Changes at Kidder envisionedGeneral Electric Co...


October 04, 1994

Changes at Kidder envisioned

General Electric Co., acknowledging that its 8-year-old acquisition of Kidder, Peabody & Co. hasn't met expectations, is preparing to strip down the 129-year-old securities firm.

Stung by losses that have totaled more than $300 million this year, Kidder will announce layoffs of several hundred workers this week, an executive at the firm said yesterday.

Kidder plans to quit business lines that haven't been profitable or central to its operations, such as foreign exchange, the executive said.

Becton Dickinson sets layoffs

Becton Dickinson and Co. will lay off 42 workers in Baltimore County on Nov. 27 as it consolidates its advanced diagnostic operation into two local divisions in Sparks and Cockeysville, according to Jerry V. Hurwitz, director of human resources for the company's microbiology systems operation. The medical equipment company, based in Franklin Lakes, N.J., has 1,800 workers in Baltimore County.

Economic reports mixed

The third straight drop in spending on interest-sensitive, single-family housing helped shrink national construction outlays slightly in August, the first decline in six months.

Outlays for single-family homes, about one-third of total spending, fell 1.2 percent, the Commerce Department reported yesterday.

In another report yesterday, the National Association of Purchasing Management said its September business activity index climbed to 58.2 percent from 56.2 percent, the 13th consecutive month the survey has shown an expanding manufacturing sector.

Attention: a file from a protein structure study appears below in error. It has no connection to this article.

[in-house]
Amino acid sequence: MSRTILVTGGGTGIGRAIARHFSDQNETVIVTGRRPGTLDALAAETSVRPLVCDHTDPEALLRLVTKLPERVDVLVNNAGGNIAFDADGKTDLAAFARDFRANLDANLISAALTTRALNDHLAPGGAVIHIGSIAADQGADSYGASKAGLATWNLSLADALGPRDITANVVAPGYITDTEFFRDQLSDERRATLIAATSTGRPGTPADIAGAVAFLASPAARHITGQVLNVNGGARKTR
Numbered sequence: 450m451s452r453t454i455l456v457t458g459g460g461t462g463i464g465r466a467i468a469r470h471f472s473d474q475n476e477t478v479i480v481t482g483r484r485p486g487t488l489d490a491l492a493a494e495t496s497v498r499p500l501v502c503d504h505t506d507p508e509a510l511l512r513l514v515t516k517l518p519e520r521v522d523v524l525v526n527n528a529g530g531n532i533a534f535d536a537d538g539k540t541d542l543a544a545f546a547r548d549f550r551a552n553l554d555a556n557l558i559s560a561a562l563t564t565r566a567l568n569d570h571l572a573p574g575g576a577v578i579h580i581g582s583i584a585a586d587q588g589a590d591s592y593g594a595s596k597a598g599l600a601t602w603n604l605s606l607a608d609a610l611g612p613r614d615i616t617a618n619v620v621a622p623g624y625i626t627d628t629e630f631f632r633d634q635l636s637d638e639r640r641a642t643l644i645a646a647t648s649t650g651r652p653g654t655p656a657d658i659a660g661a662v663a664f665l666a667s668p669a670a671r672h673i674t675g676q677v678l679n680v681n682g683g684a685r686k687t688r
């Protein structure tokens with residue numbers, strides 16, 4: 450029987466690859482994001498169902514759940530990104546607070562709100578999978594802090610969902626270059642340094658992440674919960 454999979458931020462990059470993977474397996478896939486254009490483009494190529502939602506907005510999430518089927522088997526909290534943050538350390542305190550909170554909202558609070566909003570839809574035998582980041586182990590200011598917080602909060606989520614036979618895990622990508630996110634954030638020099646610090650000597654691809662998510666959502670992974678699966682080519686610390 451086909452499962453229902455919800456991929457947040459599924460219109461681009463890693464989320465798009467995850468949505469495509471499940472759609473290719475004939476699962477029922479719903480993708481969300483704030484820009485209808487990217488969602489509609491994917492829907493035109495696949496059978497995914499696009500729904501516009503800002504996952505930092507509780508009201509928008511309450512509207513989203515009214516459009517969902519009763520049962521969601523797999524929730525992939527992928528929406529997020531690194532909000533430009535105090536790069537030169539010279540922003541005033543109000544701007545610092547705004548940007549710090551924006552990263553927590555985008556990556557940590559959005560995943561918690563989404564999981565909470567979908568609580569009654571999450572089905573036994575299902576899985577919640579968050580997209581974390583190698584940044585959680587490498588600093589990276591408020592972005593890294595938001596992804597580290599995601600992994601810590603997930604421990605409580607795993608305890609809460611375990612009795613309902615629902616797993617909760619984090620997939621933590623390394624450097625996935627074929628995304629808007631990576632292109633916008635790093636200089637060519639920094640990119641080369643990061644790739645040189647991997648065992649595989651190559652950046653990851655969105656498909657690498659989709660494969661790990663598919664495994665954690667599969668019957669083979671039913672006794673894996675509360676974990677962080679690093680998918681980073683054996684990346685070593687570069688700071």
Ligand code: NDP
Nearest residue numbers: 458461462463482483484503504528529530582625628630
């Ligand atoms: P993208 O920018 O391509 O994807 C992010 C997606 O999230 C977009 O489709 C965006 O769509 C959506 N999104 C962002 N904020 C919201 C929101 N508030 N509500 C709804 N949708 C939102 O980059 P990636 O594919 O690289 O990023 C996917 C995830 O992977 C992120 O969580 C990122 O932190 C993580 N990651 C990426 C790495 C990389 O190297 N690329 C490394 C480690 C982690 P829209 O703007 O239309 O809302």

Cecil Federal selling stock

Cecil Federal Savings Bank of Elkton, a two-office thrift with $45 million in assets, plans to raise $5 million from the sale of 500,000 shares of stock at $10 a share. The savings bank will be offering the stock through a subscription offering that closes Oct. 31.

The Office of Thrift Supervision recently approved the conversion of Cecil Federal to a federally chartered stock savings bank and formation of Cecil Bancorp Inc., its new holding company.

Controlled Demolition contract

Controlled Demolition Inc., a Baltimore County-based demolition company, has won a $6.2 million contract to dismantle a partially built Soviet radar site in Latvia.

The 14-month to 16-month contract, funded through the federal Project for Peace Program, will boost the 14-person work force of the Phoenix company by about seven or eight people, according to company President Mark Loizeaux.

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